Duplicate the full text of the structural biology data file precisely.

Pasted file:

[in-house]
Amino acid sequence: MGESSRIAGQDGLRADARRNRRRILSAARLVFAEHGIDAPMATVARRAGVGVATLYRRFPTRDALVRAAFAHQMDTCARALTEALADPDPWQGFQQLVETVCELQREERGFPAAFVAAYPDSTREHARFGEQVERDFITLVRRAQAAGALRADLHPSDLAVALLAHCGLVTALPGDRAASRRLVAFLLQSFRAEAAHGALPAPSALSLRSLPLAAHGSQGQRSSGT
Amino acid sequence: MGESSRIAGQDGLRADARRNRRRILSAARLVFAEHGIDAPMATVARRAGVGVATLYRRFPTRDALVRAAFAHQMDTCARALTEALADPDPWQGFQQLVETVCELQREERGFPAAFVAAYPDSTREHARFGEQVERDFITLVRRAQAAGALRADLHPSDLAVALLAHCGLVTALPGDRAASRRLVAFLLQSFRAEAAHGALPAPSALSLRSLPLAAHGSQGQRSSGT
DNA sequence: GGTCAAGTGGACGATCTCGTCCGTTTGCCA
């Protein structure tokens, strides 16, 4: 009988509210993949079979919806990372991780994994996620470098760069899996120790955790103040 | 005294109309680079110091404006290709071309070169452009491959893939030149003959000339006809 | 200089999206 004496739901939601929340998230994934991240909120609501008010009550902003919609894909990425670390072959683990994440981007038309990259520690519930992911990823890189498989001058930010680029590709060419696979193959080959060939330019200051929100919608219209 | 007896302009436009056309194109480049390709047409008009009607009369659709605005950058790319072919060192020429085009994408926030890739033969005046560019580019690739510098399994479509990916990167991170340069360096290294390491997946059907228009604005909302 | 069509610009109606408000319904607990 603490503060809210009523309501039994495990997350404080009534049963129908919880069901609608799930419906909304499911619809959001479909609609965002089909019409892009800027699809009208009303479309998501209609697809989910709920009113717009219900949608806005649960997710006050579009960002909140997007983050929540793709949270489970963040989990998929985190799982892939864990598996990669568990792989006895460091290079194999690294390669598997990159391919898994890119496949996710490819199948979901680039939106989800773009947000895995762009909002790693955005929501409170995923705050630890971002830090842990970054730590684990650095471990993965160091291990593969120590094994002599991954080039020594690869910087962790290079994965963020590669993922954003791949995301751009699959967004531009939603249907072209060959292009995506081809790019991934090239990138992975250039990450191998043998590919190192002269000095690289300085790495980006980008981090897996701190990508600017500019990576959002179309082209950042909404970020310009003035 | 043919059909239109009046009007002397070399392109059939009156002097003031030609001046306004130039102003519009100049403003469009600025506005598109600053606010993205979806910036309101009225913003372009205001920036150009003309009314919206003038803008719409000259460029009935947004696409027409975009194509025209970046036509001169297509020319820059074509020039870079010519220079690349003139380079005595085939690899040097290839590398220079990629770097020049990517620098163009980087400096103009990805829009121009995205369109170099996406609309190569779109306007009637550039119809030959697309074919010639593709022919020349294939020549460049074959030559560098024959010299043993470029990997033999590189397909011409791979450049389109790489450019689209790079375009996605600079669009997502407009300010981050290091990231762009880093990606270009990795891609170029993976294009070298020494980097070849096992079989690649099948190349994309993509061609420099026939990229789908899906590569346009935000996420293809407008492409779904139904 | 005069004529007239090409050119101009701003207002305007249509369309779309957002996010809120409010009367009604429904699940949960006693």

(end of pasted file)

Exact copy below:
[in-house]
Amino acid sequence: MGESSRIAGQDGLRADARRNRRRILSAARLVFAEHGIDAPMATVARRAGVGVATLYRRFPTRDALVRAAFAHQMDTCARALTEALADPDPWQGFQQLVETVCELQREERGFPAAFVAAYPDSTREHARFGEQVERDFITLVRRAQAAGALRADLHPSDLAVALLAHCGLVTALPGDRAASRRLVAFLLQSFRAEAAHGALPAPSALSLRSLPLAAHGSQGQRSSGT
Amino acid sequence: MGESSRIAGQDGLRADARRNRRRILSAARLVFAEHGIDAPMATVARRAGVGVATLYRRFPTRDALVRAAFAHQMDTCARALTEALADPDPWQGFQQLVETVCELQREERGFPAAFVAAYPDSTREHARFGEQVERDFITLVRRAQAAGALRADLHPSDLAVALLAHCGLVTALPGDRAASRRLVAFLLQSFRAEAAHGALPAPSALSLRSLPLAAHGSQGQRSSGT
DNA sequence: GGTCAAGTGGACGATCTCGTCCGTTTGCCA
């Protein structure tokens, strides 16, 4: 009988509210993949079979919806990372991780994994996620470098760069899996120790955790103040 | 005294109309680079110091404006290709071309070169452009491959893939030149003959000339006809 | 200089999206 004496739901939601929340998230994934991240909120609501008010009550902003919609894909990425670390072959683990994440981007038309990259520690519930992911990823890189498989001058930010680029590709060419696979193959080959060939330019200051929100919608219209 | 007896302009436009056309194109480049390709047409008009009607009369659709605005950058790319072919060192020429085009994408926030890739033969005046560019580019690739510098399994479509990916990167991170340069360096290294390491997946059907228009604005909302 | 069509610009109606408000319904607990 603490503060809210009523309501039994495990997350404080009534049963129908919880069901609608799930419906909304499911619809959001479909609609965002089909019409892009800027699809009208009303479309998501209609697809989910709920009113717009219900949608806005649960997710006050579009960002909140997007983050929540793709949270489970963040989990998929985190799982892939864990598996990669568990792989006895460091290079194999690294390669598997990159391919898994890119496949996710490819199948979901680039939106989800773009947000895995762009909002790693955005929501409170995923705050630890971002830090842990970054730590684990650095471990993965160091291990593969120590094994002599991954080039020594690869910087962790290079994965963020590669993922954003791949995301751009699959967004531009939603249907072209060959292009995506081809790019991934090239990138992975250039990450191998043998590919190192002269000095690289300085790495980006980008981090897996701190990508600017500019990576959002179309082209950042909404970020310009003035 | 043919059909239109009046009007002397070399392109059939009156002097003031030609001046306004130039102003519009100049403003469009600025506005598109600053606010993205979806910036309101009225913003372009205001920036150009003309009314919206003038803008719409000259460029009935947004696409027409975009194509025209970046036509001169297509020319820059074509020039870079010519220079690349003139380079005595085939690899040097290839590398220079990629770097020049990517620098163009980087400096103009990805829009121009995205369109170099996406609309190569779109306007009637550039119809030959697309074919010639593709022919020349294939020549460049074959030559560098024959010299043993470029990997033999590189397909011409791979450049389109790489450019689209790079375009996605600079669009997502407009300010981050290091990231762009880093990606270009990795891609170029993976294009070298020494980097070849096992079989690649099948190349994309993509061609420099026939990229789908899906590569346009935000996420293809407008492409779904139904 | 005069004529007239090409050119101009701003207002305007249509369309779309957002996010809120409010009367009604429904699940949960006693």